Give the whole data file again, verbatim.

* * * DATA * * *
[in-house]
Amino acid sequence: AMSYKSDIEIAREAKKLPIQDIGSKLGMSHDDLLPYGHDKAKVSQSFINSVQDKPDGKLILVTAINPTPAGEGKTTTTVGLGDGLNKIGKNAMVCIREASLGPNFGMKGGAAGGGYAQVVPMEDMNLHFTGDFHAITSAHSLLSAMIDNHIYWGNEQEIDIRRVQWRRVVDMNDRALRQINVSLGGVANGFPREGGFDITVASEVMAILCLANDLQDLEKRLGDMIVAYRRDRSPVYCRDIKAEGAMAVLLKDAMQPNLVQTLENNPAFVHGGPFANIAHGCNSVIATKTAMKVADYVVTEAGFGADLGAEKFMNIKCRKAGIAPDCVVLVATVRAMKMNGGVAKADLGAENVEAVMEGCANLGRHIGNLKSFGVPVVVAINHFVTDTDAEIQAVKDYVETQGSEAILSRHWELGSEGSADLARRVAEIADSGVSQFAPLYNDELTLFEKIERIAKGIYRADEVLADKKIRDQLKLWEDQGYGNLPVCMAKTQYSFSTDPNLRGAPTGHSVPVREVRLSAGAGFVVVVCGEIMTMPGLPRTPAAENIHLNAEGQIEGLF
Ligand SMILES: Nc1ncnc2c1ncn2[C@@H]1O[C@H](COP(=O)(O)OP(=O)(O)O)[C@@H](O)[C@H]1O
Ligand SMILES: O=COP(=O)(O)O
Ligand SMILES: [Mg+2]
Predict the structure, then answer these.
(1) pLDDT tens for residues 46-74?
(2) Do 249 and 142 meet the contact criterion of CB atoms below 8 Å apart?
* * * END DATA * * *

[in-house]
Amino acid sequence: AMSYKSDIEIAREAKKLPIQDIGSKLGMSHDDLLPYGHDKAKVSQSFINSVQDKPDGKLILVTAINPTPAGEGKTTTTVGLGDGLNKIGKNAMVCIREASLGPNFGMKGGAAGGGYAQVVPMEDMNLHFTGDFHAITSAHSLLSAMIDNHIYWGNEQEIDIRRVQWRRVVDMNDRALRQINVSLGGVANGFPREGGFDITVASEVMAILCLANDLQDLEKRLGDMIVAYRRDRSPVYCRDIKAEGAMAVLLKDAMQPNLVQTLENNPAFVHGGPFANIAHGCNSVIATKTAMKVADYVVTEAGFGADLGAEKFMNIKCRKAGIAPDCVVLVATVRAMKMNGGVAKADLGAENVEAVMEGCANLGRHIGNLKSFGVPVVVAINHFVTDTDAEIQAVKDYVETQGSEAILSRHWELGSEGSADLARRVAEIADSGVSQFAPLYNDELTLFEKIERIAKGIYRADEVLADKKIRDQLKLWEDQGYGNLPVCMAKTQYSFSTDPNLRGAPTGHSVPVREVRLSAGAGFVVVVCGEIMTMPGLPRTPAAENIHLNAEGQIEGLF
Ligand SMILES: Nc1ncnc2c1ncn2[C@@H]1O[C@H](COP(=O)(O)OP(=O)(O)O)[C@@H](O)[C@H]1O
Ligand SMILES: O=COP(=O)(O)O
Ligand SMILES: [Mg+2]
Predict the structure, then answer these.
(1) pLDDT tens for residues 46-74?
(2) Do 249 and 142 meet the contact criterion of CB atoms below 8 Å apart?